CHICAGO – The venerable musical “The King and I,” by the legendary team of (Richard) Rodgers and (Oscar) Hammerstein, is now 65 years old. The Lyric Opera of Chicago is injecting fresh life into this senior aged play, with a sumptuous new production that is top drawer at every level.
Blu-ray Review: Howlingly Funny ‘Best in Show’ is a Comic Masterpiece
CHICAGO – The more one is familiar with the art of improv, the more one is bound to fall head over heels in love with the mockumentaries of Christopher Guest. Working from a mere scene outline, Guest and his ensemble of top-drawer comedians bring a colorful assortment of richly eccentric oddballs to life. Their ad-libbed dialogue is infinitely funnier than scripted punchlines since it emerges organically from their character’s own warped worldview.
2000’s “Best in Show” is Guest’s most merciless satire and also his funniest. It ranks right alongside “Bringing Up Baby,” “Young Frankenstein” and “Airplane!” as one of the greatest comedies ever made. It has stood the test of time, proving to be funnier with each subsequent viewing, while providing viewers with countless quotable lines and a wealth of side-splitting sequences. Few comedies in the last decade have delivered as many genuine laughs.
Blu-ray Rating: 5.0/5.0
Of course, a dog show is an ideal target for satire, considering that its canine contestants are less interested in medals than they are about the location of the nearest fire hydrant. The show is really all about the ego of the dog owners and the hoops they force their pets to jump through (“Little Miss Sunshine” skewered beauty pageants with equally scathing mirth). It’s especially fun to observe how a dog ends up becoming a reflection of its master’s own peculiar neurosis. Consider the defensive, volatile Weimaraner owned by Meg and Hamilton Swan (Parker Posey and Michael Hitchcock), a miserably unhappy couple united by their shared love of brand names (“We’re so lucky to have been raised amongst catalogues!”). Or the bloodhound owned by Harlan Pepper (Guest), a contented bachelor whose southern drawl is perhaps intelligible only to his beloved pooch.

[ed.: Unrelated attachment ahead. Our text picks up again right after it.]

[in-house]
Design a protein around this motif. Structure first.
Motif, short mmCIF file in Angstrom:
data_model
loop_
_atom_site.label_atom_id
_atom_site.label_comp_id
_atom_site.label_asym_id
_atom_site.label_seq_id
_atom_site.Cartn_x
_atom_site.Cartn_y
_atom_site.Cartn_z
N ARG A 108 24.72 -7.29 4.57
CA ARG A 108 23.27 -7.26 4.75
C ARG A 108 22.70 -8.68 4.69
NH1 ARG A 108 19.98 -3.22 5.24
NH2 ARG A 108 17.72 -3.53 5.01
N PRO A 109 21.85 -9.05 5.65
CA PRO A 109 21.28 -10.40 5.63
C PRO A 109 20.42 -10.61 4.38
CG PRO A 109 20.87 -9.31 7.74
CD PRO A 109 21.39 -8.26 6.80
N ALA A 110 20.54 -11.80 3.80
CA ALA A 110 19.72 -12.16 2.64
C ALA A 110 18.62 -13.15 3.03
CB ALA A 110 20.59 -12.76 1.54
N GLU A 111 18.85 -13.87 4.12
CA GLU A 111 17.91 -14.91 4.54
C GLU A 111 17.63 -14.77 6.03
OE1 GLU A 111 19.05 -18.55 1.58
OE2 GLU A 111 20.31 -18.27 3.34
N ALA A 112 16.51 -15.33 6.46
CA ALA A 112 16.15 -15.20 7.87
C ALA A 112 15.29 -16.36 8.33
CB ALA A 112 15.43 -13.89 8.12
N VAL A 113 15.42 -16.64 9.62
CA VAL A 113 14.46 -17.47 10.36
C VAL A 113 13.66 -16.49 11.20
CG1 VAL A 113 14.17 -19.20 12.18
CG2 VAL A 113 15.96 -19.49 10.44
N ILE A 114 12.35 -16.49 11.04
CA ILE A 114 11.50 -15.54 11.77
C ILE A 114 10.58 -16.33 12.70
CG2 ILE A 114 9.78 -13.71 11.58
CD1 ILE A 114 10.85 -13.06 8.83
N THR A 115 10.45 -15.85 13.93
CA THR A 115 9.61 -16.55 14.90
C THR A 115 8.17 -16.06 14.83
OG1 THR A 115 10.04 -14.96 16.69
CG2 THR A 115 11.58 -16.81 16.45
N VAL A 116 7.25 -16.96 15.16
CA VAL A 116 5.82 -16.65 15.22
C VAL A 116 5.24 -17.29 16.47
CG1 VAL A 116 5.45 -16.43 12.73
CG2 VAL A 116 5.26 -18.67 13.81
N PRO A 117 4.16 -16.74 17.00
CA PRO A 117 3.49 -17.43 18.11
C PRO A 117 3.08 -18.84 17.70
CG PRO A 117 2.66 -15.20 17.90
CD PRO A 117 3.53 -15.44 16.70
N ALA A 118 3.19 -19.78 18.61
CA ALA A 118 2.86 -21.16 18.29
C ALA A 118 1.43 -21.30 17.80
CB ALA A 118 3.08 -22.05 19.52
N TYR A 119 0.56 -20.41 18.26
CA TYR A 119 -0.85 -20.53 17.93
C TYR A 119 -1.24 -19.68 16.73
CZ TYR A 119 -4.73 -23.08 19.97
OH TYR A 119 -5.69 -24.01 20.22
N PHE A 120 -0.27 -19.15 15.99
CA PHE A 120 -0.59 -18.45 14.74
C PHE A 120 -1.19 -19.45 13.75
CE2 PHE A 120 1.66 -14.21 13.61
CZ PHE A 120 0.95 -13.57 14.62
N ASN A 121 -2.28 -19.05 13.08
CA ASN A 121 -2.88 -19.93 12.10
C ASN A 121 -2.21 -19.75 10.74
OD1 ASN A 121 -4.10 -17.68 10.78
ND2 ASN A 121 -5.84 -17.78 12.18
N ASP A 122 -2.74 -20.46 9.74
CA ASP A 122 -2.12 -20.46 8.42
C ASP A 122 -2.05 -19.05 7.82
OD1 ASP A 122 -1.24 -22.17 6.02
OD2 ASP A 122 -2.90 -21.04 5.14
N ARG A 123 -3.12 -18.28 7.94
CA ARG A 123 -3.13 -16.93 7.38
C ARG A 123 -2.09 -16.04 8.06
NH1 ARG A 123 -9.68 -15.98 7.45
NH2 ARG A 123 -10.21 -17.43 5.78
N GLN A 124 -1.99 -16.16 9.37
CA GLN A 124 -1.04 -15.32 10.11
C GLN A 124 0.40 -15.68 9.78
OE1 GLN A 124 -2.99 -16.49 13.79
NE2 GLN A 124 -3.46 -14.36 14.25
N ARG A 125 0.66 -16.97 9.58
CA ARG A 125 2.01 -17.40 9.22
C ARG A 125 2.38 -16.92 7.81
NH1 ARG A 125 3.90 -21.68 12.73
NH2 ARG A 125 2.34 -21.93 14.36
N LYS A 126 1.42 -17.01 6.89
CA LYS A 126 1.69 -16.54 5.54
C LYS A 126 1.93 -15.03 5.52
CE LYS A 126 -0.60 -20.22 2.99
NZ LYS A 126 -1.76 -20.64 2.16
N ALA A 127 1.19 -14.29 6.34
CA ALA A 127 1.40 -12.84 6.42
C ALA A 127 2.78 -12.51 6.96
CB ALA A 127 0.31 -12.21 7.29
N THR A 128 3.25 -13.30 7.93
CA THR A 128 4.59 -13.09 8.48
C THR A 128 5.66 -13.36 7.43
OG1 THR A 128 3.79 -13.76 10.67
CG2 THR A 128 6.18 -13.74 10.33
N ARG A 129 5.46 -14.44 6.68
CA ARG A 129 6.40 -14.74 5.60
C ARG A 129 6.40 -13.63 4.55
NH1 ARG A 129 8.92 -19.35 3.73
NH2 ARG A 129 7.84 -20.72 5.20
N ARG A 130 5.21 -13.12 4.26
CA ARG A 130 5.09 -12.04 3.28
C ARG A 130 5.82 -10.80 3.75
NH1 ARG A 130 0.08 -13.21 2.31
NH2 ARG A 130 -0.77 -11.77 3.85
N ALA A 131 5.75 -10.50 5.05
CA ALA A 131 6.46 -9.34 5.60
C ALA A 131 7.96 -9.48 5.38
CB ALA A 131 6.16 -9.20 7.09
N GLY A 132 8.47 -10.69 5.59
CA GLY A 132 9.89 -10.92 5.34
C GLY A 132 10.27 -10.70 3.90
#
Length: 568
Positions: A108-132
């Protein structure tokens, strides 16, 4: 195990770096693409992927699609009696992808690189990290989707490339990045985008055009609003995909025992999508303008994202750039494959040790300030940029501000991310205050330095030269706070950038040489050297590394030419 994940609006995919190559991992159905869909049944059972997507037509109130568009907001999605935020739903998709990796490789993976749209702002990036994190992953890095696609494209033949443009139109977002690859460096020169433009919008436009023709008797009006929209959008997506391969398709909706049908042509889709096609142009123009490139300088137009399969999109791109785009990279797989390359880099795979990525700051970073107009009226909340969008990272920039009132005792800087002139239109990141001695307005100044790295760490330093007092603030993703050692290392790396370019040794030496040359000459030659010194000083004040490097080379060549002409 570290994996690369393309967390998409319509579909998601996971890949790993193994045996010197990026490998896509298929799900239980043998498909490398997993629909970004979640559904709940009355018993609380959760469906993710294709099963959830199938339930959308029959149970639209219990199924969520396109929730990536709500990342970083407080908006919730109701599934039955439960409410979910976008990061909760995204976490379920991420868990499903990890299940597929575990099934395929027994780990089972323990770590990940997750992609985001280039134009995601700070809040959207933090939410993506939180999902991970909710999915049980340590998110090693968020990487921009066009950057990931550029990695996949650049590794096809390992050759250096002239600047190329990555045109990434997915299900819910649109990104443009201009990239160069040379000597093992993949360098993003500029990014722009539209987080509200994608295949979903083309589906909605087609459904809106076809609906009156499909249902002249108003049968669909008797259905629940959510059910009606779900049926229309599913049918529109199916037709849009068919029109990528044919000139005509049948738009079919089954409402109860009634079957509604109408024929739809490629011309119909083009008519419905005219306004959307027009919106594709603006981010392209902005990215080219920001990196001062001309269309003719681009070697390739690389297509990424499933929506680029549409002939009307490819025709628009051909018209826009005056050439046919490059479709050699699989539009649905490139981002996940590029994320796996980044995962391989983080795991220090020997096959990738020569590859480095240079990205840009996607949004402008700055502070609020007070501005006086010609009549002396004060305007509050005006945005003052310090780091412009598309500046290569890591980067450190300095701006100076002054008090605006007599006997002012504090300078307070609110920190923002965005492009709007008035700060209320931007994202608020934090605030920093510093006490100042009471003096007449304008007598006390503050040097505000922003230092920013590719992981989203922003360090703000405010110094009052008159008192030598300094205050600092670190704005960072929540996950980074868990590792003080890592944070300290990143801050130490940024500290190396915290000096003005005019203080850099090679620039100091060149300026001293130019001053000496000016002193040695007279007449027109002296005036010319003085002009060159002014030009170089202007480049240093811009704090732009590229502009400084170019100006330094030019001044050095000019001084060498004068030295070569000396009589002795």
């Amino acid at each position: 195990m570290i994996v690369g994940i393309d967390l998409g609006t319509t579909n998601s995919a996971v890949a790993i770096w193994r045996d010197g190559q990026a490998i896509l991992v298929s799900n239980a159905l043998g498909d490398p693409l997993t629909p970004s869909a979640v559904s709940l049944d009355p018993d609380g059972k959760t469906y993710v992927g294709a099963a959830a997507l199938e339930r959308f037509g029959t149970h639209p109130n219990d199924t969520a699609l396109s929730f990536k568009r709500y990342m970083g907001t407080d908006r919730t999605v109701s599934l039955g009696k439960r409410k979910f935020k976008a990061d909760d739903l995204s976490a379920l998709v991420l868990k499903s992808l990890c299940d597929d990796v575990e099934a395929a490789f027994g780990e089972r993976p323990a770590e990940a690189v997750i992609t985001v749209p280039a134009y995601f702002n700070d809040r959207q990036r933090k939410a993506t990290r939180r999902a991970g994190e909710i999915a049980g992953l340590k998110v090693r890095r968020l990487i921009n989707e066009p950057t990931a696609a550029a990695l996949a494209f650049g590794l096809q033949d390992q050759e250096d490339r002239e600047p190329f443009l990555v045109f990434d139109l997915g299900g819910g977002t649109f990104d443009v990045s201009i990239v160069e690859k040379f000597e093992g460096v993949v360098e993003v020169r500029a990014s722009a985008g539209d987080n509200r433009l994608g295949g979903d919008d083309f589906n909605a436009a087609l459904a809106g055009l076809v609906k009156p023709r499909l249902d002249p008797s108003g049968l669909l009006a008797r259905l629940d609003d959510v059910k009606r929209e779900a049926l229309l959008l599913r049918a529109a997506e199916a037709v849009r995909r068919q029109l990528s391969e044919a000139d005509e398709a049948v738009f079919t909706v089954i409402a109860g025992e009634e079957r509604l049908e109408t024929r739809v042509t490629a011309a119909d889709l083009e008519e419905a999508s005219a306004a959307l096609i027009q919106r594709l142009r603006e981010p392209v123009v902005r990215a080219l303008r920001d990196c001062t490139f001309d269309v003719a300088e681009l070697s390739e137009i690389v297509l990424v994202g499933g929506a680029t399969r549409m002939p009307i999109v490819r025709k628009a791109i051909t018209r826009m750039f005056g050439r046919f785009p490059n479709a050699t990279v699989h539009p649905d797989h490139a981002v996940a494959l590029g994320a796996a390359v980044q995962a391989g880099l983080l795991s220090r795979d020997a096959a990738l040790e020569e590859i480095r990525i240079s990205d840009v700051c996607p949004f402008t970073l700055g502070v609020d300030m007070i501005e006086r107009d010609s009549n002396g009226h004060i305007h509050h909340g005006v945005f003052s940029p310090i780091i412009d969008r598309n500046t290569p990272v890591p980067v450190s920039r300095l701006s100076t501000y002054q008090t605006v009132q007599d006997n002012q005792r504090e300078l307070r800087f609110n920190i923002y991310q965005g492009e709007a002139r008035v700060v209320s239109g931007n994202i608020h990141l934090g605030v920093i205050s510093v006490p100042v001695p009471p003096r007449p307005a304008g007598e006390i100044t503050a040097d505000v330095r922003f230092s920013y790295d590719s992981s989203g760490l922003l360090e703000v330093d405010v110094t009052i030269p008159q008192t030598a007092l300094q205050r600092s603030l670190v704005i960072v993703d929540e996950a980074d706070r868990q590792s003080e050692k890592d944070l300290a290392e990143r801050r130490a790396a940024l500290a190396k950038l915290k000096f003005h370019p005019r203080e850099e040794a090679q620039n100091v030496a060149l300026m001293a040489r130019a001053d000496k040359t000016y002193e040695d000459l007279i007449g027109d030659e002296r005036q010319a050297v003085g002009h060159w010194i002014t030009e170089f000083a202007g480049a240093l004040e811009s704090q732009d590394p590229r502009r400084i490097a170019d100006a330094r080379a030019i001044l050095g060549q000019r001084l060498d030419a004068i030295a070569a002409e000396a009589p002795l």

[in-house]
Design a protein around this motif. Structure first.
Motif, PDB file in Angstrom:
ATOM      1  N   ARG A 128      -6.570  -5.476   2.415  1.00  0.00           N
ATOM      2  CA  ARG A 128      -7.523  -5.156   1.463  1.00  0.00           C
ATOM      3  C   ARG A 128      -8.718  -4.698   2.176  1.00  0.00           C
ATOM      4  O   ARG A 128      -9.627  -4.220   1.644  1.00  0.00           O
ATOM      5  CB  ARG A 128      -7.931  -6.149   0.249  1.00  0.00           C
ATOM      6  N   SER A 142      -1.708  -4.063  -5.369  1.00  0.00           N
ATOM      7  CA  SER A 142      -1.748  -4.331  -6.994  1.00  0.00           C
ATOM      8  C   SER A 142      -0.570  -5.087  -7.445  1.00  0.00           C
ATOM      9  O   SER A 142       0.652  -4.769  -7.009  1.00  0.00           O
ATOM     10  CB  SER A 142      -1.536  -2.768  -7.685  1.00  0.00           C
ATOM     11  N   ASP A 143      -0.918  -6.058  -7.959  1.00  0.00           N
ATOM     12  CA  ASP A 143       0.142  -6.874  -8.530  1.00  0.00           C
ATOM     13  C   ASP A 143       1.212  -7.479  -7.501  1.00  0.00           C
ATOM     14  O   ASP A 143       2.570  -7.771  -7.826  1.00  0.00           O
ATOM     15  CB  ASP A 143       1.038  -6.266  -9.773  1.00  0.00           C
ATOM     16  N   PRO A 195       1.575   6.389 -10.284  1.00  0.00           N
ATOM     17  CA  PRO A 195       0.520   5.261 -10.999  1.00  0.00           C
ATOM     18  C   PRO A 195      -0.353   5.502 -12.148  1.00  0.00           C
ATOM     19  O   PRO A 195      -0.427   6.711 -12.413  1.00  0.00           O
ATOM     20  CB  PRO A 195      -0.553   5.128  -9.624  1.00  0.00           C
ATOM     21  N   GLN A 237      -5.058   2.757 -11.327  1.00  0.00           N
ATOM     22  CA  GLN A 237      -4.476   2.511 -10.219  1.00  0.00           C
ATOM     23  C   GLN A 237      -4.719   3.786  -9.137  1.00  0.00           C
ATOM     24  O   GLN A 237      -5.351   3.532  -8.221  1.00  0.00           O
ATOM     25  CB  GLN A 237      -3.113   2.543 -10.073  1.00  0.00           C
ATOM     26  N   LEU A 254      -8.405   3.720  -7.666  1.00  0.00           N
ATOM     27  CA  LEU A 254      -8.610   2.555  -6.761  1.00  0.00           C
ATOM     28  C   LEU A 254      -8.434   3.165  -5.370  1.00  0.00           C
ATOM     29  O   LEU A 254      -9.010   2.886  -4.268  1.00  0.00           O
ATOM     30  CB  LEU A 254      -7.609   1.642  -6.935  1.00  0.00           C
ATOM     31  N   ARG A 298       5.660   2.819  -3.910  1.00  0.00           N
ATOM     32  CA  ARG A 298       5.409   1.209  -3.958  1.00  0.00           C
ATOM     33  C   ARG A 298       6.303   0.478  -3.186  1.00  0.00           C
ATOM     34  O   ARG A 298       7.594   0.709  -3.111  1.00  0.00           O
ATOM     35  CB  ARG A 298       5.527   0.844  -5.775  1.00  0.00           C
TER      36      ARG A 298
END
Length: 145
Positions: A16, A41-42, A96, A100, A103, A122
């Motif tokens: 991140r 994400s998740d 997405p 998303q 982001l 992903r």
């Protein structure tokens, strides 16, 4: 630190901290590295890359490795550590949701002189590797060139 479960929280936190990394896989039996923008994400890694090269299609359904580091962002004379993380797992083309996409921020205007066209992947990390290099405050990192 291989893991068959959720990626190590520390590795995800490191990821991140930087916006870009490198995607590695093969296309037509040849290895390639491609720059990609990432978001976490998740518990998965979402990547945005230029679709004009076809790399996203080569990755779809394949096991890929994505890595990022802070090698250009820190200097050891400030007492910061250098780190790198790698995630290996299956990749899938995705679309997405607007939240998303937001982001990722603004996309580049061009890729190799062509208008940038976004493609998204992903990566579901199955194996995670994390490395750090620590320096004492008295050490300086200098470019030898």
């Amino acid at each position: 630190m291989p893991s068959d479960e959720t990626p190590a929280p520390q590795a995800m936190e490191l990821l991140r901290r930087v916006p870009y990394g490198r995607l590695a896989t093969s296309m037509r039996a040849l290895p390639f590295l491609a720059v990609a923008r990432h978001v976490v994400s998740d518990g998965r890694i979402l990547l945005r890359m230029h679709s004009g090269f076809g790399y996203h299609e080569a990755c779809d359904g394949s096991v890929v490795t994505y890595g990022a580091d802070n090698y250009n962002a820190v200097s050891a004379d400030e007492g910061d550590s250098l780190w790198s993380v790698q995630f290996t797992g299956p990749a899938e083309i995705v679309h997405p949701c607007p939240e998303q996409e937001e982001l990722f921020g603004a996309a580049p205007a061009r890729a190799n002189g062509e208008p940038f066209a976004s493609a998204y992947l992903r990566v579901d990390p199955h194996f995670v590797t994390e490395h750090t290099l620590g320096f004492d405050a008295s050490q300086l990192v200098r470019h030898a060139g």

Jennifer Coolidge earns some of the biggest laughs as buxom blonde Sherri Ann Cabot, a gold-digger who appears to be built entirely of collagen, and insists that she shares a great deal in common with her geriatric husband, Leslie (Patrick Cranshaw). “We both love soup, the outdoors, snow peas, talking and not talking…” replies Sherri. “We could not talk or talk forever and still find things to not talk about.” Clearly Coolidge has more chemistry with Christy Cummings (Jane Lynch), her formidable poodle trainer. Shih Tzu owners Scott (John Michael Higgins) and Stefan (Michael McKean) are easily the most functional couple of the group, especially when contrasted with terrier lovers Gerry and Cookie Fleck (Eugene Levy and Catherine O’Hara). Cookie can’t walk five steps without bumping into one of her old flames, leading to a marvelously awkward dinner where Gerry finally explodes in the most unexpected possible way.
Best in Show was released on Blu-ray on February 19th, 2013.
Photo credit: Warner Bros. Home Entertainment
Just when it seems that the film couldn’t possibly get any funnier, in enters Fred Willard as the hopelessly inept yet cheerfully exuberant color commentator Buck Laughlin, a comic character for the ages. His observations during the dog show are not only hilariously nonsensical, they illuminate precisely how silly the entire concept of a dog show truly is. Yet even at its most biting, Guest’s comedy is never mean-spirited. He has a genuine affection for his characters that has remained consistent throughout all of his directorial work, from the local theatre director in “Waiting for Guffman” to the Botox-injected Oscar hopeful in “For Your Consideration.” His characters may always fail in their misguided attempts at achieving success, but they aren’t losers. They are exaggerated reflections of our most embarrassing selves, and we can’t help but love them dearly.
“Best in Show” is presented in 1080p High Definition (with a 1.85:1 aspect ratio), accompanied by English and Spanish audio tracks and includes a typically droll audio commentary track with Guest and Levy recycled from the film’s original DVD release. None of the other extras are new either, but why fix something that ain’t broke? The half-hour array of deleted scenes is as every bit as hysterical as anything in the final cut, offering several more sublime (and occasionally surreal) sketches. My personal favorites include Harlan’s inexplicable collection of beach balls, Gerry’s badly edited promo for the Fleck Super Fliers, Buck’s abysmal attempt at interviewing Leslie (“Is there a switch that turns him on?”) and this golden line from Cookie: “What did I do to deserve you Gerry? You’re a good man. Cause I know a LOT of men who—dress cooler, talk faster, have more money, tell stories that…end…”